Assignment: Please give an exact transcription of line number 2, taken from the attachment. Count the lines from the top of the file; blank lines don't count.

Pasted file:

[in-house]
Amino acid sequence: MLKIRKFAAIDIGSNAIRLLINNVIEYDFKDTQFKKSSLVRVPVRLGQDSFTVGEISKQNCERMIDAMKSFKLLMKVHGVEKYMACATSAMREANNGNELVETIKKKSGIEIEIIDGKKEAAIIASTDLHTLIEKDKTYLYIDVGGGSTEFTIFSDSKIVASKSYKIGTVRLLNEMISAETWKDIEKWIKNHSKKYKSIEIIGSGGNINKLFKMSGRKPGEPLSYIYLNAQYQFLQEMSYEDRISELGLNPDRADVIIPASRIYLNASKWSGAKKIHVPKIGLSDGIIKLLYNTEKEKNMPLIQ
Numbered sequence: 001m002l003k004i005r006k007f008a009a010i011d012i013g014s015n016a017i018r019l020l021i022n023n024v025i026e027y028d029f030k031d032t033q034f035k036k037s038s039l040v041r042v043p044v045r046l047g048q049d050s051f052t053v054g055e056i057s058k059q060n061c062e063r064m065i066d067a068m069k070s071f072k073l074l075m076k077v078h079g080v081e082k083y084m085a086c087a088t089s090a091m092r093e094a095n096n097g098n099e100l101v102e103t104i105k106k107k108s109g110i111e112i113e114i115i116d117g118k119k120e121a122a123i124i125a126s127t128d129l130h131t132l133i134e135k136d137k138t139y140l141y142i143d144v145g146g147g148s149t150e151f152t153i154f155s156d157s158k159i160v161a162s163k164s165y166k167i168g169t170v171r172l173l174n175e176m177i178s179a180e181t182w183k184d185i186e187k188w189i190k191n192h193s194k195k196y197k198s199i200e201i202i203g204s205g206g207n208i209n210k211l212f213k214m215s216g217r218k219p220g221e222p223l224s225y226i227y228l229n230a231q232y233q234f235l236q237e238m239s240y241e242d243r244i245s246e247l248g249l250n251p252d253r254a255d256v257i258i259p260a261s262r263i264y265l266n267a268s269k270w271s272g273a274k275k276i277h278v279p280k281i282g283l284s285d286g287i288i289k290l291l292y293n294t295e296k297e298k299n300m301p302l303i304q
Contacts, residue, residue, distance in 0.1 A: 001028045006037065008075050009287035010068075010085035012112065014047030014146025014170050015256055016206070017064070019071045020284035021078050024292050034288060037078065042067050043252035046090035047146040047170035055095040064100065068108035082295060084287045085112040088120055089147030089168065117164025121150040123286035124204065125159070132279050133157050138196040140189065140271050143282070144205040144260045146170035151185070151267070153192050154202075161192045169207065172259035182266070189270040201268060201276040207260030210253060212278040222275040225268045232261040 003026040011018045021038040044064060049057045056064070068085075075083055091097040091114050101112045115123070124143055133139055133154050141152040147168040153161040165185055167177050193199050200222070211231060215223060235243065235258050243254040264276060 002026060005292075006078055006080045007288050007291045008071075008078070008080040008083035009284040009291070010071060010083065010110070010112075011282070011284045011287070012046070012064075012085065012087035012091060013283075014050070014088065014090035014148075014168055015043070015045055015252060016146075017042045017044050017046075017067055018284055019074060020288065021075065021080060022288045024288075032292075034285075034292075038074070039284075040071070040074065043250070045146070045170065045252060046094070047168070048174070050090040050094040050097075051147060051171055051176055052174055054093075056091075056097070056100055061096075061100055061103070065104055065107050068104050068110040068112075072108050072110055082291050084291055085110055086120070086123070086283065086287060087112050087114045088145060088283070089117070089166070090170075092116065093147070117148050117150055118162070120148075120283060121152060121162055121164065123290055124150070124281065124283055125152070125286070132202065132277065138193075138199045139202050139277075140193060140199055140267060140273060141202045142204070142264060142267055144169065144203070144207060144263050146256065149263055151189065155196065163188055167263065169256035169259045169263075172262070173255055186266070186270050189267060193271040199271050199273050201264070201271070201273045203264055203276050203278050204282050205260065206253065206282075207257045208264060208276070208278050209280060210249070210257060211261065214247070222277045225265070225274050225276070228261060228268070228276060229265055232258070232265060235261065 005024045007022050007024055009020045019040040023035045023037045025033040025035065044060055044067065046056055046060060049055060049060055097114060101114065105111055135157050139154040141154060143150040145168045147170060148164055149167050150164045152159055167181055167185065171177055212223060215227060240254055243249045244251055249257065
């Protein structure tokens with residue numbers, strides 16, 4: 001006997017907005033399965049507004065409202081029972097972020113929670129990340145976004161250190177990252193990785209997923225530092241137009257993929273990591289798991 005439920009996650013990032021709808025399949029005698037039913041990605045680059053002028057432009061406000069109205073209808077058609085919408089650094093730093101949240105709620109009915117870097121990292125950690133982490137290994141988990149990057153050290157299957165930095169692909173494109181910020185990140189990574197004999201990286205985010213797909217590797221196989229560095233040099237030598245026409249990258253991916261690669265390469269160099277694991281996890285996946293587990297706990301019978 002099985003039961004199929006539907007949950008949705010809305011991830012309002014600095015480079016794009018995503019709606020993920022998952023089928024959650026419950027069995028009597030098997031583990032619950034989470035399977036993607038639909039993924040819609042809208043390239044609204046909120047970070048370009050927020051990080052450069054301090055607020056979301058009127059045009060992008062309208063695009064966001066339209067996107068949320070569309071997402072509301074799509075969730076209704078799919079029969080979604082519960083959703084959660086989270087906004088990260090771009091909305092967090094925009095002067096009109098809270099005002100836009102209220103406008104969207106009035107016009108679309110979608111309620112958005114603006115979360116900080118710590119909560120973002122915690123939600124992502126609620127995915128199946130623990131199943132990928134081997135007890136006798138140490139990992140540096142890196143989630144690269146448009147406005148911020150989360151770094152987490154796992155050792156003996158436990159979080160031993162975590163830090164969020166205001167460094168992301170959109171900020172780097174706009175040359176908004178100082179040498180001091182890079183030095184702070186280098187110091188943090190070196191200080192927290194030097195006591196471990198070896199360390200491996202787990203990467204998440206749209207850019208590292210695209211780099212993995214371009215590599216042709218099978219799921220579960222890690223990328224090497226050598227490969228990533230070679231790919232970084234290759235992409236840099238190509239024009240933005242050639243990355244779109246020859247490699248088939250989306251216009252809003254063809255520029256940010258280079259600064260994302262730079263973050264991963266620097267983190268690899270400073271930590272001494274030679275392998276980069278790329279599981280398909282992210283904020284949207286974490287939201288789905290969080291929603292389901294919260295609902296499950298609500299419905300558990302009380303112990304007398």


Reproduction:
Amino acid sequence: MLKIRKFAAIDIGSNAIRLLINNVIEYDFKDTQFKKSSLVRVPVRLGQDSFTVGEISKQNCERMIDAMKSFKLLMKVHGVEKYMACATSAMREANNGNELVETIKKKSGIEIEIIDGKKEAAIIASTDLHTLIEKDKTYLYIDVGGGSTEFTIFSDSKIVASKSYKIGTVRLLNEMISAETWKDIEKWIKNHSKKYKSIEIIGSGGNINKLFKMSGRKPGEPLSYIYLNAQYQFLQEMSYEDRISELGLNPDRADVIIPASRIYLNASKWSGAKKIHVPKIGLSDGIIKLLYNTEKEKNMPLIQ